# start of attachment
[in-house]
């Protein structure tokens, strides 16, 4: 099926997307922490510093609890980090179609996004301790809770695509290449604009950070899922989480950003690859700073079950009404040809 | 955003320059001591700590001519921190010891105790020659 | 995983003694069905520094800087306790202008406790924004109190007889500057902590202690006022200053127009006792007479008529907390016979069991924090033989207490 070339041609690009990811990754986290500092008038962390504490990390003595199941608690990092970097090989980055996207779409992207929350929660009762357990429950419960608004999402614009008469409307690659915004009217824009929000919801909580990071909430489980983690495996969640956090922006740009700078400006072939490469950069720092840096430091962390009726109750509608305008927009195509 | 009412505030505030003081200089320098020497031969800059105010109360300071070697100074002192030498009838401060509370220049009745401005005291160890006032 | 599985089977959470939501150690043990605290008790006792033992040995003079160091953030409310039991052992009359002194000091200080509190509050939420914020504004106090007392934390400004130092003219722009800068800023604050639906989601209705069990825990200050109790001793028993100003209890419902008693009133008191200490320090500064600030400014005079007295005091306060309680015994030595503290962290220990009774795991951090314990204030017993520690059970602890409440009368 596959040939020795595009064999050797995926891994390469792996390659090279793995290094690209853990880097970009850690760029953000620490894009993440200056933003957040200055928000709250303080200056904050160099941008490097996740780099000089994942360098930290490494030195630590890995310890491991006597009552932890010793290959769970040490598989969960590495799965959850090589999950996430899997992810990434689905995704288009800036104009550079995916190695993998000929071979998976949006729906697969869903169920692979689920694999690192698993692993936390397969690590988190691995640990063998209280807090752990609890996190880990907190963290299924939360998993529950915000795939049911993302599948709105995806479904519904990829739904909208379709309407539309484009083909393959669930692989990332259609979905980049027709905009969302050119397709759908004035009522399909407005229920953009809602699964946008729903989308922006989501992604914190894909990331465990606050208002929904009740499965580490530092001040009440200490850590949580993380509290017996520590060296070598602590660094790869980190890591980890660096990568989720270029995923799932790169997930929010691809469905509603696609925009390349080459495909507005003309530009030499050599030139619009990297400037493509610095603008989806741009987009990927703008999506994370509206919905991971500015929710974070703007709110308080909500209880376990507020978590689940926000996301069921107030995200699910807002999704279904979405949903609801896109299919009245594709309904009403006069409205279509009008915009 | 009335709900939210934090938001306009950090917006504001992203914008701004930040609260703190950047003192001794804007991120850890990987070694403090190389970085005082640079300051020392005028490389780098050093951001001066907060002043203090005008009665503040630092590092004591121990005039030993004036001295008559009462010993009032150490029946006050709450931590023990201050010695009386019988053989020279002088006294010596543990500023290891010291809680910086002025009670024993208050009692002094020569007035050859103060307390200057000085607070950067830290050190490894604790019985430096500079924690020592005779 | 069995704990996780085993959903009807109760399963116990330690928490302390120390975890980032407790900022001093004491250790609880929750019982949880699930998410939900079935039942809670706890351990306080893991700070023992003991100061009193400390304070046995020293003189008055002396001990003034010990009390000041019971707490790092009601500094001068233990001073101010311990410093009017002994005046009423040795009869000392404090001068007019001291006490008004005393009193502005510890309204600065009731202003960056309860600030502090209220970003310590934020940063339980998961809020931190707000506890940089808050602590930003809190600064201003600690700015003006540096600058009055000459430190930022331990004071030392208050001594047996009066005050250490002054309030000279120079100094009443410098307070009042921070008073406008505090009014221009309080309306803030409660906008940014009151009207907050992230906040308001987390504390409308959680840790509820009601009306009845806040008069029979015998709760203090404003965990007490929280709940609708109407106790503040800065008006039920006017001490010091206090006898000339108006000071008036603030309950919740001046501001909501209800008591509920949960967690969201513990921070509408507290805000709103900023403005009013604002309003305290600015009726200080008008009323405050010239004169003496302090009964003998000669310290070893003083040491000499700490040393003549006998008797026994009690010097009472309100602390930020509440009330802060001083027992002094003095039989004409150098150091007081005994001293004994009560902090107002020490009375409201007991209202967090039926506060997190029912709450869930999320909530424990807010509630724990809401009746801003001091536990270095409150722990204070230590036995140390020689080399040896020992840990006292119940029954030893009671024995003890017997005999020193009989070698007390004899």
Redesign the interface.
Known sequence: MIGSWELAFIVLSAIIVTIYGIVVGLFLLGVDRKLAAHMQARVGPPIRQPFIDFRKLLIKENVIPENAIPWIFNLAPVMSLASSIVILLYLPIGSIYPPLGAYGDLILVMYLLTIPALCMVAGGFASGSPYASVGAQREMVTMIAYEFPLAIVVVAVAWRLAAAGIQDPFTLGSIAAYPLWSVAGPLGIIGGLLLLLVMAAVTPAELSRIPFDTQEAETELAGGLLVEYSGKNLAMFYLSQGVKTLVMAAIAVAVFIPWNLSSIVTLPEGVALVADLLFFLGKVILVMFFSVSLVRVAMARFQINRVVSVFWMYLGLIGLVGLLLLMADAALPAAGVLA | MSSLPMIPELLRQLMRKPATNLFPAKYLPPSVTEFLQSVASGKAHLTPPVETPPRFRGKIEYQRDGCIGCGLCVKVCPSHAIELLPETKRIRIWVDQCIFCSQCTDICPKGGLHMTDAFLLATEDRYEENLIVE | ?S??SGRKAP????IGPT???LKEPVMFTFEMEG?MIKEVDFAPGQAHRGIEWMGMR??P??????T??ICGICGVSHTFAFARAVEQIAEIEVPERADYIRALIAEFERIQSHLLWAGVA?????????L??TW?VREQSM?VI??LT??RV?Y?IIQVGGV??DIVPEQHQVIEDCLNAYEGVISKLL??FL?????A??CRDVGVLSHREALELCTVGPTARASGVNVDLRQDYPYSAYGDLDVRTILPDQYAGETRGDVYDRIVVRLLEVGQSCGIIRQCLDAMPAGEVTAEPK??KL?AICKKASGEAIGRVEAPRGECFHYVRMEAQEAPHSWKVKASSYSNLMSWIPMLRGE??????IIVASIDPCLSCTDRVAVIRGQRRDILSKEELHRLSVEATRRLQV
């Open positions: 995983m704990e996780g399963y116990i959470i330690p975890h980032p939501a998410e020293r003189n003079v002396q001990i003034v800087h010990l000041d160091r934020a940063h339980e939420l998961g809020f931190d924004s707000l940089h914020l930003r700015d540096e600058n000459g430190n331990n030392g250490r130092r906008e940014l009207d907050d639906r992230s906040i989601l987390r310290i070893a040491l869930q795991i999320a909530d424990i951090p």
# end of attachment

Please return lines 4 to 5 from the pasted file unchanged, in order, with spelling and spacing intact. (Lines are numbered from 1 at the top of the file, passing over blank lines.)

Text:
Known sequence: MIGSWELAFIVLSAIIVTIYGIVVGLFLLGVDRKLAAHMQARVGPPIRQPFIDFRKLLIKENVIPENAIPWIFNLAPVMSLASSIVILLYLPIGSIYPPLGAYGDLILVMYLLTIPALCMVAGGFASGSPYASVGAQREMVTMIAYEFPLAIVVVAVAWRLAAAGIQDPFTLGSIAAYPLWSVAGPLGIIGGLLLLLVMAAVTPAELSRIPFDTQEAETELAGGLLVEYSGKNLAMFYLSQGVKTLVMAAIAVAVFIPWNLSSIVTLPEGVALVADLLFFLGKVILVMFFSVSLVRVAMARFQINRVVSVFWMYLGLIGLVGLLLLMADAALPAAGVLA | MSSLPMIPELLRQLMRKPATNLFPAKYLPPSVTEFLQSVASGKAHLTPPVETPPRFRGKIEYQRDGCIGCGLCVKVCPSHAIELLPETKRIRIWVDQCIFCSQCTDICPKGGLHMTDAFLLATEDRYEENLIVE | ?S??SGRKAP????IGPT???LKEPVMFTFEMEG?MIKEVDFAPGQAHRGIEWMGMR??P??????T??ICGICGVSHTFAFARAVEQIAEIEVPERADYIRALIAEFERIQSHLLWAGVA?????????L??TW?VREQSM?VI??LT??RV?Y?IIQVGGV??DIVPEQHQVIEDCLNAYEGVISKLL??FL?????A??CRDVGVLSHREALELCTVGPTARASGVNVDLRQDYPYSAYGDLDVRTILPDQYAGETRGDVYDRIVVRLLEVGQSCGIIRQCLDAMPAGEVTAEPK??KL?AICKKASGEAIGRVEAPRGECFHYVRMEAQEAPHSWKVKASSYSNLMSWIPMLRGE??????IIVASIDPCLSCTDRVAVIRGQRRDILSKEELHRLSVEATRRLQV
């Open positions: 995983m704990e996780g399963y116990i959470i330690p975890h980032p939501a998410e020293r003189n003079v002396q001990i003034v800087h010990l000041d160091r934020a940063h339980e939420l998961g809020f931190d924004s707000l940089h914020l930003r700015d540096e600058n000459g430190n331990n030392g250490r130092r906008e940014l009207d907050d639906r992230s906040i989601l987390r310290i070893a040491l869930q795991i999320a909530d424990i951090p």